Jean Hessels

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Jean Hessels[1] (1522–1566) was a Belgian theologian at the University of Louvain. He was a defender of Baianism.[2]

Life[edit]

He had been teaching for eight years in Parc, the Premonstratensian house near Louvain, when he was appointed professor of theology at the university. Like Michael Baius, who was his senior colleague, Hessels preferred drawing his theology from the Church Fathers, especially from Augustine of Hippo, rather than from the Schoolmen.

In 1559 he accompanied the elder Cornelius Jansenius (later Bishop of Ghent) and Baius to the Council of Trent and took an active part. He prepared the decree "De invocatione et reliquiis sanctorum et sacris imaginibus".

Even at Trent the Scholastic party found fault with his departure from the beaten tracks of learning; after his return the attacks continued. Hessels, however, used his energy against the Protestants. He was an opponent of Georgius Cassander.[3]

Works[edit]

He upheld the doctrine of the Immaculate Conception (impugned by Baius), and he is a protagonist of papal infallibility in his "De perpetuitate Cathedræ Petri et ejus indefectibilitate", which is an appendix to his polemical work "Confutatio novitiae fidei quam specialem vocant, adv. Johannem Monhemium" (Louvain, 1565).

His other polemical works are:

  • "De invocatione sanctorum . . . censura" (1568);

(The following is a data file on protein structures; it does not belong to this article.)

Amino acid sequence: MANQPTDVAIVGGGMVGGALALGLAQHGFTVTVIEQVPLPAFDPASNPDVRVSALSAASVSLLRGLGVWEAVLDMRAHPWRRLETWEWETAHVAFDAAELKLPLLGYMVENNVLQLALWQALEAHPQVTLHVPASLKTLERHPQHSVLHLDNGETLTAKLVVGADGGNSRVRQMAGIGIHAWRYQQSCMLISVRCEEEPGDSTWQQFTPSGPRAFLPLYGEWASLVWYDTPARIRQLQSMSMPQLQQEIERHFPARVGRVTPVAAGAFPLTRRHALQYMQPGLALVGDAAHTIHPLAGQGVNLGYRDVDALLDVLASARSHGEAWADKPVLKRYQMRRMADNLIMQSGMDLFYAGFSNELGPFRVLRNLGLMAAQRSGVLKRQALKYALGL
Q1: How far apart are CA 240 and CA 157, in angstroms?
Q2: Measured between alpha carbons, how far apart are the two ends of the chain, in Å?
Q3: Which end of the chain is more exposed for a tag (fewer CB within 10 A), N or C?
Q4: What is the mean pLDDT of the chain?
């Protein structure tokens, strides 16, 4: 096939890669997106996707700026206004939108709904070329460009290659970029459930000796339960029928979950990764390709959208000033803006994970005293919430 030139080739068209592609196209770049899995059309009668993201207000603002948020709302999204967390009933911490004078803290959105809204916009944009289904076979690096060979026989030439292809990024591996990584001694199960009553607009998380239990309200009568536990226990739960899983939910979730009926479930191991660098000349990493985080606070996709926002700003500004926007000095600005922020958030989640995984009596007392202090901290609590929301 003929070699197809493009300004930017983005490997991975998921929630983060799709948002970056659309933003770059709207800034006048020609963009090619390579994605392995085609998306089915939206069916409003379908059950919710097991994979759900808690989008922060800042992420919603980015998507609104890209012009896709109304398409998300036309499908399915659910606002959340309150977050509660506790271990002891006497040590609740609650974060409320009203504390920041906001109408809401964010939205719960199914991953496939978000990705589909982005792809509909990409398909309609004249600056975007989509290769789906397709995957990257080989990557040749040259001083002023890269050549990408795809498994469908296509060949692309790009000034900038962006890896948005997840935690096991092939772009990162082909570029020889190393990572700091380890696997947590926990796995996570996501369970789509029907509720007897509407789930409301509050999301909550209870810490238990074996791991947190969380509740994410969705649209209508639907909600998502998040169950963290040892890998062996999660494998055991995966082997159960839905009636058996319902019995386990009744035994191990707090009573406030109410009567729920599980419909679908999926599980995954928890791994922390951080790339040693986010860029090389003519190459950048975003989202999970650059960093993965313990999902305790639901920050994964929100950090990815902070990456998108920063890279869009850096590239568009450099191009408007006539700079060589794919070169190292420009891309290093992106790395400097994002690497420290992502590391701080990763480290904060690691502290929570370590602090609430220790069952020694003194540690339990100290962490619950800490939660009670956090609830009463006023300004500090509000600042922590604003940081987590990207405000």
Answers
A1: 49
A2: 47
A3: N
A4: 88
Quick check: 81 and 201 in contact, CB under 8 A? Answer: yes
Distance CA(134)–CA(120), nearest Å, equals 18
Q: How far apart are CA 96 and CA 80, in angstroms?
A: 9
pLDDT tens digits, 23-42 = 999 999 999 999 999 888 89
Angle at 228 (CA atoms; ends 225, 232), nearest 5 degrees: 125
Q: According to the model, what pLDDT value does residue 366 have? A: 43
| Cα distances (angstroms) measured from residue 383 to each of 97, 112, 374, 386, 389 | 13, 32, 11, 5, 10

• "Probatio corporalis præsentiæ corporis et sanguinis dominici in Eucharistia (Cologne, 1563);
  • "Confutatio confessionis hæreticæ, teutonice emissæ, qua ostenditur Christum esse sacrificium propitiatorium" (Louvain, 1565);
  • "Oratio de officio pii viri exsurgente et vigente hæresi" (Louvain, 1565);
  • "Declaratio quod sumptio Eucharistiæ sub unica panis specie neque Christi præcepto aut institutioni adversetur" (Louvain).

He also wrote commentaries:

  • "De Passione Domini" (Louvain, 1568);
  • "de I Tim. et I Petri" (Louvain, 1568);
  • "Com. de Evang. Matthæi" (Louvain, 1572); "Com. de Epp. Johannis" (Douai, 1601).

His chief dogmatic work is a Catechism, first published in 1571, by Henry Gravius, who removed from it all traces of Baianism.

References[edit]

  • Mathijs Lamberigts, Leo Kenis (1994), L'Augustinisme à l'ancienne Faculté de théologie de Louvain, pp. 99–122
  1. ^ Johannes, Joannes, Jan, John Hessels or Hessel, Hesselius or Hasselius.
  2. ^ Steven Vanden Broecke, The Limits of Influence: Pico, Louvain, and the Crisis of Renaissance Astrology (2003), p. 224.
  3. ^ Rob van der Schoor, The Reception of Cassander in the Republic in the Seventeenth Century , p. 101 in Christiane Berkvens-Stevelinck, Jonathan Irvine Israel, Guillaume Henri Marie Posthumus Meyjes (editors), The Emergence of Tolerance in the Dutch Republic (1997).

External links[edit]

 This article incorporates text from a publication now in the public domainHerbermann, Charles, ed. (1913). "article name needed". Catholic Encyclopedia. New York: Robert Appleton.